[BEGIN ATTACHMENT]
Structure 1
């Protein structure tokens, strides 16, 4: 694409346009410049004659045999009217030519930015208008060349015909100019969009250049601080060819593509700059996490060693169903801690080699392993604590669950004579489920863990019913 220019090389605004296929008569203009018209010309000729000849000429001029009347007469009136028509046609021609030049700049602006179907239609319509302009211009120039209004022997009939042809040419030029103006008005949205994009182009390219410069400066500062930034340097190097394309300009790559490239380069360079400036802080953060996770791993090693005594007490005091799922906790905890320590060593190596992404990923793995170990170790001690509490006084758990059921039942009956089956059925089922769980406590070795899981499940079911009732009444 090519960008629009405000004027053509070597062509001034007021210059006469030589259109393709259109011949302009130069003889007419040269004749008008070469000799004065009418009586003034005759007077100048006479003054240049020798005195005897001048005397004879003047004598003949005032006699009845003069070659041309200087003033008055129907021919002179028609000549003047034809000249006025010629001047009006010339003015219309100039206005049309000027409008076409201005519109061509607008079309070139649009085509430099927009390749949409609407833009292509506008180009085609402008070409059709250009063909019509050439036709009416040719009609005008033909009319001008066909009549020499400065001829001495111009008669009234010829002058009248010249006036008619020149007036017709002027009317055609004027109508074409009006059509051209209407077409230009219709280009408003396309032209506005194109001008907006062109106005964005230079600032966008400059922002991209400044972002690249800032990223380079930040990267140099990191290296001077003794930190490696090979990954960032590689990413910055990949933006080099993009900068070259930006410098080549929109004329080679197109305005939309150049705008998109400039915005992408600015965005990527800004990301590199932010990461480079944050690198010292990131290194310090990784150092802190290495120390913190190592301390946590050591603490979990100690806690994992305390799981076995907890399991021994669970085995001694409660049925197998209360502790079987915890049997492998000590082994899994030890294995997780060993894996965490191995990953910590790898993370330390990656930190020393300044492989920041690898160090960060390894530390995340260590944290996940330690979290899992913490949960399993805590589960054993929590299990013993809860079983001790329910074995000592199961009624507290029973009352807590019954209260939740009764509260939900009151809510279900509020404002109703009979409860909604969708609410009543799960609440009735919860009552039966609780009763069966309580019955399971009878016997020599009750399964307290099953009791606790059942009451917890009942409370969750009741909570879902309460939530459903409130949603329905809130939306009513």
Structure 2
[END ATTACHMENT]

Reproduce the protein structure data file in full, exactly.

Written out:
Structure 1
């Protein structure tokens, strides 16, 4: 694409346009410049004659045999009217030519930015208008060349015909100019969009250049601080060819593509700059996490060693169903801690080699392993604590669950004579489920863990019913 220019090389605004296929008569203009018209010309000729000849000429001029009347007469009136028509046609021609030049700049602006179907239609319509302009211009120039209004022997009939042809040419030029103006008005949205994009182009390219410069400066500062930034340097190097394309300009790559490239380069360079400036802080953060996770791993090693005594007490005091799922906790905890320590060593190596992404990923793995170990170790001690509490006084758990059921039942009956089956059925089922769980406590070795899981499940079911009732009444 090519960008629009405000004027053509070597062509001034007021210059006469030589259109393709259109011949302009130069003889007419040269004749008008070469000799004065009418009586003034005759007077100048006479003054240049020798005195005897001048005397004879003047004598003949005032006699009845003069070659041309200087003033008055129907021919002179028609000549003047034809000249006025010629001047009006010339003015219309100039206005049309000027409008076409201005519109061509607008079309070139649009085509430099927009390749949409609407833009292509506008180009085609402008070409059709250009063909019509050439036709009416040719009609005008033909009319001008066909009549020499400065001829001495111009008669009234010829002058009248010249006036008619020149007036017709002027009317055609004027109508074409009006059509051209209407077409230009219709280009408003396309032209506005194109001008907006062109106005964005230079600032966008400059922002991209400044972002690249800032990223380079930040990267140099990191290296001077003794930190490696090979990954960032590689990413910055990949933006080099993009900068070259930006410098080549929109004329080679197109305005939309150049705008998109400039915005992408600015965005990527800004990301590199932010990461480079944050690198010292990131290194310090990784150092802190290495120390913190190592301390946590050591603490979990100690806690994992305390799981076995907890399991021994669970085995001694409660049925197998209360502790079987915890049997492998000590082994899994030890294995997780060993894996965490191995990953910590790898993370330390990656930190020393300044492989920041690898160090960060390894530390995340260590944290996940330690979290899992913490949960399993805590589960054993929590299990013993809860079983001790329910074995000592199961009624507290029973009352807590019954209260939740009764509260939900009151809510279900509020404002109703009979409860909604969708609410009543799960609440009735919860009552039966609780009763069966309580019955399971009878016997020599009750399964307290099953009791606790059942009451917890009942409370969750009741909570879902309460939530459903409130949603329905809130939306009513």
Structure 2